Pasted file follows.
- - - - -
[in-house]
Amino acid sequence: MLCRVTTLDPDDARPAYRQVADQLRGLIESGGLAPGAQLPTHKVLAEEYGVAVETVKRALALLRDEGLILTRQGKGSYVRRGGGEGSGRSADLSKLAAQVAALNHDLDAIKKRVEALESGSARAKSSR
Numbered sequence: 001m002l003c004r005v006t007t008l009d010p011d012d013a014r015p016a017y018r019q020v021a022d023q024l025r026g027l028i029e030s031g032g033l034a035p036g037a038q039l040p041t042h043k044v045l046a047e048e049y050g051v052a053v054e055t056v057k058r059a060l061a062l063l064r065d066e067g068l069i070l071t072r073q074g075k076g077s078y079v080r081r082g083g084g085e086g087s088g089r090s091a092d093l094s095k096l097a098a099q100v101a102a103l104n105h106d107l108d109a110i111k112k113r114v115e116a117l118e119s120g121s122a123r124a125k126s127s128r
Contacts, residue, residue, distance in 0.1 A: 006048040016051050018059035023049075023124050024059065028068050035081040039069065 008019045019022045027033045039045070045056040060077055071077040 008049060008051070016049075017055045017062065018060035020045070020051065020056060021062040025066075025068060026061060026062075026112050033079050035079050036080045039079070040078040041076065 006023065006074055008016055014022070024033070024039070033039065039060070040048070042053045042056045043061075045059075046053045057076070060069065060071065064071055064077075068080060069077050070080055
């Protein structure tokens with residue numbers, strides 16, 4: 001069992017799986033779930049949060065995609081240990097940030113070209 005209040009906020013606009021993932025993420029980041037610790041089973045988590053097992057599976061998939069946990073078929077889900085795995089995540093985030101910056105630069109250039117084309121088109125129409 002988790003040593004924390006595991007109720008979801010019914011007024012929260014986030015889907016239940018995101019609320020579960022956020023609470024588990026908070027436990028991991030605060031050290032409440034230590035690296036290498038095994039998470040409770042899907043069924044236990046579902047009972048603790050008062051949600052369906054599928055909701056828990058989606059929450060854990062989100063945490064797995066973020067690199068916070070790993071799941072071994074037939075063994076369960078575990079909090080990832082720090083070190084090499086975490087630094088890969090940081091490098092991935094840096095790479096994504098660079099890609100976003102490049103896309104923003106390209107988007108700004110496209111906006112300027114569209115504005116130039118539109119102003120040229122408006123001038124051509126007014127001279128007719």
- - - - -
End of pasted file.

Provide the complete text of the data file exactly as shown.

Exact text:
[in-house]
Amino acid sequence: MLCRVTTLDPDDARPAYRQVADQLRGLIESGGLAPGAQLPTHKVLAEEYGVAVETVKRALALLRDEGLILTRQGKGSYVRRGGGEGSGRSADLSKLAAQVAALNHDLDAIKKRVEALESGSARAKSSR
Numbered sequence: 001m002l003c004r005v006t007t008l009d010p011d012d013a014r015p016a017y018r019q020v021a022d023q024l025r026g027l028i029e030s031g032g033l034a035p036g037a038q039l040p041t042h043k044v045l046a047e048e049y050g051v052a053v054e055t056v057k058r059a060l061a062l063l064r065d066e067g068l069i070l071t072r073q074g075k076g077s078y079v080r081r082g083g084g085e086g087s088g089r090s091a092d093l094s095k096l097a098a099q100v101a102a103l104n105h106d107l108d109a110i111k112k113r114v115e116a117l118e119s120g121s122a123r124a125k126s127s128r
Contacts, residue, residue, distance in 0.1 A: 006048040016051050018059035023049075023124050024059065028068050035081040039069065 008019045019022045027033045039045070045056040060077055071077040 008049060008051070016049075017055045017062065018060035020045070020051065020056060021062040025066075025068060026061060026062075026112050033079050035079050036080045039079070040078040041076065 006023065006074055008016055014022070024033070024039070033039065039060070040048070042053045042056045043061075045059075046053045057076070060069065060071065064071055064077075068080060069077050070080055
């Protein structure tokens with residue numbers, strides 16, 4: 001069992017799986033779930049949060065995609081240990097940030113070209 005209040009906020013606009021993932025993420029980041037610790041089973045988590053097992057599976061998939069946990073078929077889900085795995089995540093985030101910056105630069109250039117084309121088109125129409 002988790003040593004924390006595991007109720008979801010019914011007024012929260014986030015889907016239940018995101019609320020579960022956020023609470024588990026908070027436990028991991030605060031050290032409440034230590035690296036290498038095994039998470040409770042899907043069924044236990046579902047009972048603790050008062051949600052369906054599928055909701056828990058989606059929450060854990062989100063945490064797995066973020067690199068916070070790993071799941072071994074037939075063994076369960078575990079909090080990832082720090083070190084090499086975490087630094088890969090940081091490098092991935094840096095790479096994504098660079099890609100976003102490049103896309104923003106390209107988007108700004110496209111906006112300027114569209115504005116130039118539109119102003120040229122408006123001038124051509126007014127001279128007719």